You will have 2 to 4 small dressings on the cuts in your abdomen. These will be removed the day after your operation and you will be able to shower. You may experience trapped wind which can cause discomfort. Peppermint water, getting up and walking around will help this. You may also find it difficult to open your bowels at first. You can have mild laxatives to soften your stools and prevent constipation and straining.

What about going home?

You will be seen and assessed the following day to check on your recovery and decisions will be made about your care. This information will be shared with you. Please feel free to ask questions about your operation and recovery at any time.

The average length of stay following a laparoscopic utero sacral suspension is 1 to 2 days. As you physically recover from your operation, the nursing team will discuss your convalescence. To ensure you have a good recovery you should take note of the following:

Rest: During the first two weeks at home it is common to feel tired, exhausted and emotional. You should relax during the day gradually increasing the number of things you do each day. Avoid crossing your legs when you are lying down.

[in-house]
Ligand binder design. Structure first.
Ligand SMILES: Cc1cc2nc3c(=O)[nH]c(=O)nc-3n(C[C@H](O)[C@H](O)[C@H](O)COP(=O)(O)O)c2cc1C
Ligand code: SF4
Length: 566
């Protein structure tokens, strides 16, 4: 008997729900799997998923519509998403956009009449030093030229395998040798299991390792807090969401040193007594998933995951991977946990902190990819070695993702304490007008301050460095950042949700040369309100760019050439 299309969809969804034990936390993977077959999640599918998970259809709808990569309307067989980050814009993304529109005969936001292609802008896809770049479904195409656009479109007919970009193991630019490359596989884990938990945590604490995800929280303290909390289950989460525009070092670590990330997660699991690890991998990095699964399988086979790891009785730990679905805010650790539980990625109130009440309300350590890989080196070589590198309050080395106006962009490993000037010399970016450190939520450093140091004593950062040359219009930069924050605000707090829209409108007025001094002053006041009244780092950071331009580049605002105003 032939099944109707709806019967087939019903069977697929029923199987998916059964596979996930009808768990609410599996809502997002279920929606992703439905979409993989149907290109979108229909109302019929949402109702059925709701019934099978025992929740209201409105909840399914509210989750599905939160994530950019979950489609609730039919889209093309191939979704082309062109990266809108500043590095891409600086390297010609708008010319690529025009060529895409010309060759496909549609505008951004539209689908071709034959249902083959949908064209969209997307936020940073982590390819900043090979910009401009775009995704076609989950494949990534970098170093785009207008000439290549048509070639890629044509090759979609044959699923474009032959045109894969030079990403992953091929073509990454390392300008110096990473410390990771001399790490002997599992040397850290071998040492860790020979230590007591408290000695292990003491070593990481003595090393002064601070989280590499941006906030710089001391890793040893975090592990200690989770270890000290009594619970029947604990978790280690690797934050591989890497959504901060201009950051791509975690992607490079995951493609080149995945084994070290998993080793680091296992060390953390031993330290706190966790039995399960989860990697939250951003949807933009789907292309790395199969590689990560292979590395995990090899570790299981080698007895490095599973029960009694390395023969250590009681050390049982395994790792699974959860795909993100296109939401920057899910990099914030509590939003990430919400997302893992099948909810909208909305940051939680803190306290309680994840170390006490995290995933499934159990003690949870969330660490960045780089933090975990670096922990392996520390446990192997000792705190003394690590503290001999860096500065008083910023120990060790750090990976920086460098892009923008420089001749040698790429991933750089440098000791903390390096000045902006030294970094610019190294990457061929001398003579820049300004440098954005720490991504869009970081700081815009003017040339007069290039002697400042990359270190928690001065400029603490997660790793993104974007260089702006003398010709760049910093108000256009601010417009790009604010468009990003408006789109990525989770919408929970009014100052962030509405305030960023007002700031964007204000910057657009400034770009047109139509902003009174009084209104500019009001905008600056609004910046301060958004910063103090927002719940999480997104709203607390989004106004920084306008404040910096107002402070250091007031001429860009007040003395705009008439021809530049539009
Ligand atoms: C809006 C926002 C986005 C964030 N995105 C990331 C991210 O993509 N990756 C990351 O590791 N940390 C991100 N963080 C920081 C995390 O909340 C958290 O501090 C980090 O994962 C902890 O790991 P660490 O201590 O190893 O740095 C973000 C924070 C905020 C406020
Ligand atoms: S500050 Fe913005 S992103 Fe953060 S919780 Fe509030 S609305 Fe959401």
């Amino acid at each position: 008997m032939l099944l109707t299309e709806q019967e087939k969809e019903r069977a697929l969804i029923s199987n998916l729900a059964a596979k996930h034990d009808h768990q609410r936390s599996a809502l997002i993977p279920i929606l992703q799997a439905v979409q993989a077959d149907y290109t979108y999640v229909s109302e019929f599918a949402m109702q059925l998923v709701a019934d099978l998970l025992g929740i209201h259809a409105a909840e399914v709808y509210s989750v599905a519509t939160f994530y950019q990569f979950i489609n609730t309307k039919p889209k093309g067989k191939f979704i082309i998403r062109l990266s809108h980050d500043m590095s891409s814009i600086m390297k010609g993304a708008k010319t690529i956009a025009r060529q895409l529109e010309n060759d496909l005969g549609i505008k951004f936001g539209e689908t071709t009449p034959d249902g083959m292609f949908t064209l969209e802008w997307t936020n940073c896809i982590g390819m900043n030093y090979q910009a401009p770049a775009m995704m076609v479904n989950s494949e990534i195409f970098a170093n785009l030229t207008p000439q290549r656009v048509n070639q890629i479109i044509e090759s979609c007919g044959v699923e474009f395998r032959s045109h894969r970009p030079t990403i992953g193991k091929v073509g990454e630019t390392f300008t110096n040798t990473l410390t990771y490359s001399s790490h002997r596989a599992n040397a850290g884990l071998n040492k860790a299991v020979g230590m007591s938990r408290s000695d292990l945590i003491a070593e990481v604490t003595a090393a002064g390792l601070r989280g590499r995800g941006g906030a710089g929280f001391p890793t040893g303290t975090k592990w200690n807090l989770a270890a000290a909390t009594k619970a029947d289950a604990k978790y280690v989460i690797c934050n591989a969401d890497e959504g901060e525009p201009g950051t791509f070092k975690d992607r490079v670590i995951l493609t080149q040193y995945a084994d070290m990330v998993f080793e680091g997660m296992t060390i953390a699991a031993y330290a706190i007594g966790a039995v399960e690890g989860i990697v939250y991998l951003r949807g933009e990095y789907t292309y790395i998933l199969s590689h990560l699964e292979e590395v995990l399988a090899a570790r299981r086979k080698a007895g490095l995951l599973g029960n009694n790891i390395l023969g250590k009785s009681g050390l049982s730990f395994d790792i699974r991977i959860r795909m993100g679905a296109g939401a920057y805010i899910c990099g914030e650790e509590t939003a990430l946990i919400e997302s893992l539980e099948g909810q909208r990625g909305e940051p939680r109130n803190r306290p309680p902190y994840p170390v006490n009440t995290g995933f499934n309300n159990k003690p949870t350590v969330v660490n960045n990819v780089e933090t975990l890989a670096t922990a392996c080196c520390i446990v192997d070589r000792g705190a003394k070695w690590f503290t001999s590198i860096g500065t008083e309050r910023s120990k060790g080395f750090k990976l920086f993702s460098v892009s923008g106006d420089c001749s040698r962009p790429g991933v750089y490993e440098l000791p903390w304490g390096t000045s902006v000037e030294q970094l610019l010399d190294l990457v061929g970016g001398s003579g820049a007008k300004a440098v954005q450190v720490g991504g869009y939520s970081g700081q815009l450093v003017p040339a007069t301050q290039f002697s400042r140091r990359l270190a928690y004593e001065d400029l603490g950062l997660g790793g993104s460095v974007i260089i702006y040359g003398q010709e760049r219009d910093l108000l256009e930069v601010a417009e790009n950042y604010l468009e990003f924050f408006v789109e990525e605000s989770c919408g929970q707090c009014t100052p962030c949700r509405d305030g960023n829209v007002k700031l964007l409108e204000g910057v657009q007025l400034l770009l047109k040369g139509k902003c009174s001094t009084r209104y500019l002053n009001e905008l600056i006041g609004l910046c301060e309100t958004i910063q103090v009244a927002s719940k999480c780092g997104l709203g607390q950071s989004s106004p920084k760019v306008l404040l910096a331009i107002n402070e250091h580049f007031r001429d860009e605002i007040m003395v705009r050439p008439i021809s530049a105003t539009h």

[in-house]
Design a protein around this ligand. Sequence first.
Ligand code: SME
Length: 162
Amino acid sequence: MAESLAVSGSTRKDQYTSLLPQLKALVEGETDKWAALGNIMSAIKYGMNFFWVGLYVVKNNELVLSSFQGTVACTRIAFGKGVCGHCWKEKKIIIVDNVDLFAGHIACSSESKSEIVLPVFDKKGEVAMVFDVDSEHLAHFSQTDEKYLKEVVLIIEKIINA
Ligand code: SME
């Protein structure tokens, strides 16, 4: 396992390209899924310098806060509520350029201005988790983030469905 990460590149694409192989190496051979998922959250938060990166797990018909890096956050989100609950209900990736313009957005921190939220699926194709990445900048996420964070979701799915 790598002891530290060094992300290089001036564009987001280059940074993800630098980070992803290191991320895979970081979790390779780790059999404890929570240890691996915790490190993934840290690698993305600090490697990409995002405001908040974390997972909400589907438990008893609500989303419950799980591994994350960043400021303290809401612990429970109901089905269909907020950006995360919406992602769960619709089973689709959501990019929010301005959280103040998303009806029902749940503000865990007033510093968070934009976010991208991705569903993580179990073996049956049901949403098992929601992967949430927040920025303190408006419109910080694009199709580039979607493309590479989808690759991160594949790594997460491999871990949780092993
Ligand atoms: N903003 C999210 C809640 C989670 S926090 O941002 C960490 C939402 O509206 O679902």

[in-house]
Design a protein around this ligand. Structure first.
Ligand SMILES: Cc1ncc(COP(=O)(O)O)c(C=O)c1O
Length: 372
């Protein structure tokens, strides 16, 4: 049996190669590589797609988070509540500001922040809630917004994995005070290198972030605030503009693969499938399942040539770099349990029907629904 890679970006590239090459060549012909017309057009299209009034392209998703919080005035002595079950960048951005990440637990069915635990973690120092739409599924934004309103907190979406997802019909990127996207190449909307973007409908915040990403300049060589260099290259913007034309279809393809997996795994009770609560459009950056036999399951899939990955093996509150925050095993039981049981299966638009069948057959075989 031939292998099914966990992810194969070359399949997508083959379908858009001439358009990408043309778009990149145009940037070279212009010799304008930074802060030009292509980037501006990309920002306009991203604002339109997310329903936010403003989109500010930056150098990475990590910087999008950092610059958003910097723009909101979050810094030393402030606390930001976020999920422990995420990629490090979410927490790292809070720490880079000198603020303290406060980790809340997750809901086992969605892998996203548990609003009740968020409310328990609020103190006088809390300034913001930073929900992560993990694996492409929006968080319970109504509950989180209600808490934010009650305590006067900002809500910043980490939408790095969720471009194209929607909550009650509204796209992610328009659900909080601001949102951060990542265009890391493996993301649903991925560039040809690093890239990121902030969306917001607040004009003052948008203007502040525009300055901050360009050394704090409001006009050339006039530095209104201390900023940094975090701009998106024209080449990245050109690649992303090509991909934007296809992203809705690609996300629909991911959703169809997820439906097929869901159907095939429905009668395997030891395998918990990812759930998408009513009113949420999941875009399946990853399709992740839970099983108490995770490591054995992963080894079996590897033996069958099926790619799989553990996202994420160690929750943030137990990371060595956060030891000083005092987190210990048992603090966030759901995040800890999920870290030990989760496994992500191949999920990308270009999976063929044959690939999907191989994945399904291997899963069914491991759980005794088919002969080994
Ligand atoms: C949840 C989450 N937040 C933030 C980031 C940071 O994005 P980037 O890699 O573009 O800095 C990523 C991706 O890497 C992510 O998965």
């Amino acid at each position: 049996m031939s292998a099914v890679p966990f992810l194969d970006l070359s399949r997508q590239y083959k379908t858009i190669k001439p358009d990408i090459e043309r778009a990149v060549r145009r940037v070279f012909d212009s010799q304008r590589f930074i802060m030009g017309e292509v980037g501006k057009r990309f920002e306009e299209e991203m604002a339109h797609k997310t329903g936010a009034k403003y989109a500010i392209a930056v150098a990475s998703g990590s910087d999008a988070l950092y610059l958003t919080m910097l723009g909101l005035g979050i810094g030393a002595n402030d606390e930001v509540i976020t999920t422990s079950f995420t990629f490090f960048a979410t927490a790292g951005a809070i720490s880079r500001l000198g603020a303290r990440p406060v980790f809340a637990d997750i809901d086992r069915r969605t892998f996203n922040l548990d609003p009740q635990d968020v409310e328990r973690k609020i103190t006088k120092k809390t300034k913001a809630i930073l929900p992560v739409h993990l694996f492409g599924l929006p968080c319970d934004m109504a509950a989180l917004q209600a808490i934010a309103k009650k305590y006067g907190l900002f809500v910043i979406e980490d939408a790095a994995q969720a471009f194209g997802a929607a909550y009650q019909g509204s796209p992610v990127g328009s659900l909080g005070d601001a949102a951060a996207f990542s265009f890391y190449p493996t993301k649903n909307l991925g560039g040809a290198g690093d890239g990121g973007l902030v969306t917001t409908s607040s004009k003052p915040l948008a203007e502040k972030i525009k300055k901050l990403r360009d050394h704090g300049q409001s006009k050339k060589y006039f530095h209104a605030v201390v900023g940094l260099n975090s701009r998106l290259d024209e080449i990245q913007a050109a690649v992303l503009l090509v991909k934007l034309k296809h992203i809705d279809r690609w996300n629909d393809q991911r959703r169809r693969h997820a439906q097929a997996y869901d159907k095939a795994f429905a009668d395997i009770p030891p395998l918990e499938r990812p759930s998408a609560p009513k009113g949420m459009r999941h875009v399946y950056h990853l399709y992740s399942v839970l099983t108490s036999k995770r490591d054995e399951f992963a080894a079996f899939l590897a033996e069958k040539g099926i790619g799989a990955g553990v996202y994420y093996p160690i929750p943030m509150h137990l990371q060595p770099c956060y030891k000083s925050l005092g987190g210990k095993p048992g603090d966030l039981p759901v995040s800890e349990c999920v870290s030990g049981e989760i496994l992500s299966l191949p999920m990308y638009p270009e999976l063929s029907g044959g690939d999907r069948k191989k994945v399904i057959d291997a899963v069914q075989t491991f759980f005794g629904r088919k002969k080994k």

Vaginal bleeding: You might have some vaginal discharge / bleeding for 1 to 2 days after surgery, but this should settle quickly.

Stitches: The wounds will be closed by stitches which are usually dissolvable. If after 7 days you notice the stitches have not dissolved then they will need to be removed.

This is normally done by your Practice Nurse, but you need to make an appointment. We advise that you shower daily and keep the wound clean and dry. There is no need to cover the wound with a dressing.


Weeks 1 to 2: We recommend that you do light activities around the house and avoid any heavy lifting (not more than 1.5kgs in each hand).

Weeks 3 to 4: We recommend that you gradually introduce lighter household chores, dusting, washing up, making beds and ironing. You may begin to prepare food and cook remembering not to lift any heavy items.

Weeks 4 to 6: By this time you should resume normal daily activities, but refrain from straining and heavy lifting for 3 months to ensure good healing.